Contact: Mark Lance, Southeastern States Coordinator
The Florida Fish and Wildlife Conservation (FWC) Commission (Commission) is developing draft rule changes that provide objective criteria for establishing Restricted Hunting Areas (RHAs). The FWC’s stated intent is to reduce confusion for hunters that utilize RHAs and communities that apply for a RHA. The Congressional Sportsmen’s Foundation is tracking the rule development process to ensure that hunter access is not unduly restricted.
The proposed rule changes include:
- The jurisdiction applying to establish an RHA must:
- Document that the proposed RHA has an average dwelling density of not less than one (1) dwelling per acre;
- Pass a resolution that clearly states that the jurisdiction is seeking to establish an RHA. The resolution must contain a statement that all residents in the proposed RHA have been contacted and invited to at least one public meeting to discuss the resolution before the resolution was passed;
- Provide detailed maps and legal descriptions of the proposed RHA;
- Provide a list of the local law enforcement agencies that have consented to enforcing the RHA rules; and
- Pass an ordinance once a permit has been issued.
- Hunting within 300 feet of a dwelling will be prohibited except for dwelling owners or those that have written permission from the dwelling owner;
- Restricted hunting areas will not include any FWC or federally owned or managed lands, and the 300-foot buffer will not extend onto these areas;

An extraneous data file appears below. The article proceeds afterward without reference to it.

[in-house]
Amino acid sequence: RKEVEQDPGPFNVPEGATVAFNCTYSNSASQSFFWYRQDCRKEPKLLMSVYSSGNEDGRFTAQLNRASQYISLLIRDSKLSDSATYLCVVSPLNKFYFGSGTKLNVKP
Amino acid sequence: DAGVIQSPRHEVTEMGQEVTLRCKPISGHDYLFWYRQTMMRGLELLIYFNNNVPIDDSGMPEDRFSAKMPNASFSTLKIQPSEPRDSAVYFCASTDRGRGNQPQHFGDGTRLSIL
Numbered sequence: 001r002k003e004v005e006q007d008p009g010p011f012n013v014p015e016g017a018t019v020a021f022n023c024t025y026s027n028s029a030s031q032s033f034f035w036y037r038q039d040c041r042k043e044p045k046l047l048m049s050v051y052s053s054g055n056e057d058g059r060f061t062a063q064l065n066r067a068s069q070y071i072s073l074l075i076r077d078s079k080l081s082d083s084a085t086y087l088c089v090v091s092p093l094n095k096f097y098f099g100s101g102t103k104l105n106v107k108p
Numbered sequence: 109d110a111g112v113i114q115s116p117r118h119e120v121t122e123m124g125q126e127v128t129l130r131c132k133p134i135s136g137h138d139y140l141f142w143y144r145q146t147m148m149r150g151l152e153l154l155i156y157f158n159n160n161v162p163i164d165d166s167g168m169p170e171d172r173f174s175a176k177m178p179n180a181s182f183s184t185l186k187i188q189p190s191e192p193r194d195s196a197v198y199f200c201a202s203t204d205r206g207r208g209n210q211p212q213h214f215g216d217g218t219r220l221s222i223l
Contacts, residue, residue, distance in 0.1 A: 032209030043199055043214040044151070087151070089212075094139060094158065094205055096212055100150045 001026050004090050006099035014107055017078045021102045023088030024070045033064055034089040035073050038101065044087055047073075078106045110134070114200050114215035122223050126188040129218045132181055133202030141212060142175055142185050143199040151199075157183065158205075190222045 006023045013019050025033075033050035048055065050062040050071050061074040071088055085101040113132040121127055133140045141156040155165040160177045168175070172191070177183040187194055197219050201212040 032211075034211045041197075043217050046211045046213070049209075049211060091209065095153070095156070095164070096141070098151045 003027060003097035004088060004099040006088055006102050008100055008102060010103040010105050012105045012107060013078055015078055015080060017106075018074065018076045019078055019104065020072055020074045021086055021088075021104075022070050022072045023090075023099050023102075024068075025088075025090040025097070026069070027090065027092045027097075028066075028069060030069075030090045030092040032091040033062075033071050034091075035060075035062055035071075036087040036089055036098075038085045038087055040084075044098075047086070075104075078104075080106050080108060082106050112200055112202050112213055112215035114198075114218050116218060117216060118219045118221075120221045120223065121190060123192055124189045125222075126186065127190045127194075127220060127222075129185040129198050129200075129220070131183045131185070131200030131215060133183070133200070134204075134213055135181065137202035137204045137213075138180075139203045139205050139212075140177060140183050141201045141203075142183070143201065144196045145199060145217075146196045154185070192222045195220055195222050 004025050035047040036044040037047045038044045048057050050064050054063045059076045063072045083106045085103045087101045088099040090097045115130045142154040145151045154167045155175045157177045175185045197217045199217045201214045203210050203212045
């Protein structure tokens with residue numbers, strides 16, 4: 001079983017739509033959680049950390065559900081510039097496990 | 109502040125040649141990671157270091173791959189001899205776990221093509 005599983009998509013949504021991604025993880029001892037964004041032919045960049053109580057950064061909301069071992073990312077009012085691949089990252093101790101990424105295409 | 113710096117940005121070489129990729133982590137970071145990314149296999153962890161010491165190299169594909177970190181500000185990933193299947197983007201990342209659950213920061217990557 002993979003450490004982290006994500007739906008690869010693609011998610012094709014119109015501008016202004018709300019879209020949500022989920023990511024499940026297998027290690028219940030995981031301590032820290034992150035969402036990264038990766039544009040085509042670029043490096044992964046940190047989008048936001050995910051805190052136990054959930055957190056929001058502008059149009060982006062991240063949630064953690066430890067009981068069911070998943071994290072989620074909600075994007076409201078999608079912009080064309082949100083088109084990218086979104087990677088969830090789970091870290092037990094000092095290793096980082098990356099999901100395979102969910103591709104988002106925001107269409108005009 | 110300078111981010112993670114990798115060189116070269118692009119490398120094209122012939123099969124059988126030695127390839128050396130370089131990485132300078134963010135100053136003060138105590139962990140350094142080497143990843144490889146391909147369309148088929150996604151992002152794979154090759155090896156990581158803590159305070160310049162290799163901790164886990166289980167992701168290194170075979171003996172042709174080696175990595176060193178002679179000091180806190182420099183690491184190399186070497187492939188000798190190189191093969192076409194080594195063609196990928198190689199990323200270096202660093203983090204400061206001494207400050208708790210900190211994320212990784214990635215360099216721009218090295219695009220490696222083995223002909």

- Local law enforcement will be solely responsible for enforcing restricted hunting areas; and
- Signs must be posted along the entire border of the RHA.
The proposed rule changes would not prohibit hunting in undeveloped areas within an RHA or areas more than 300 feet from a dwelling.
The FWC hosted webinars for the public to learn about the proposed rule changes. The public comment period is open, and comments can be submitted online.
Share this page
Your opinion counts
Sportsmen and women have been on the receiving end of increased attention from the non-hunting public, criticizing the traditional “grip and grin” photos on various social media platforms. As a sportsman or sportswoman, what strategies have you utilized to address this negative feedback?Vote Here
- I don’t post “grip and grin” photos for that reason (34.48%)
- My social media is private to avoid unwanted comments (20.69%)
- I engage the individual in the comment section or in direct messages (3.45%)
- I post more “grip and grin” photos to prove a point (3.45%)
- When posting hunting or fishing photos I tell a narrative that focuses on aspects of hunting that the general public widely supports, such as the procurement of meat for family and friends (20.69%)
- I don’t engage those individuals (17.24%)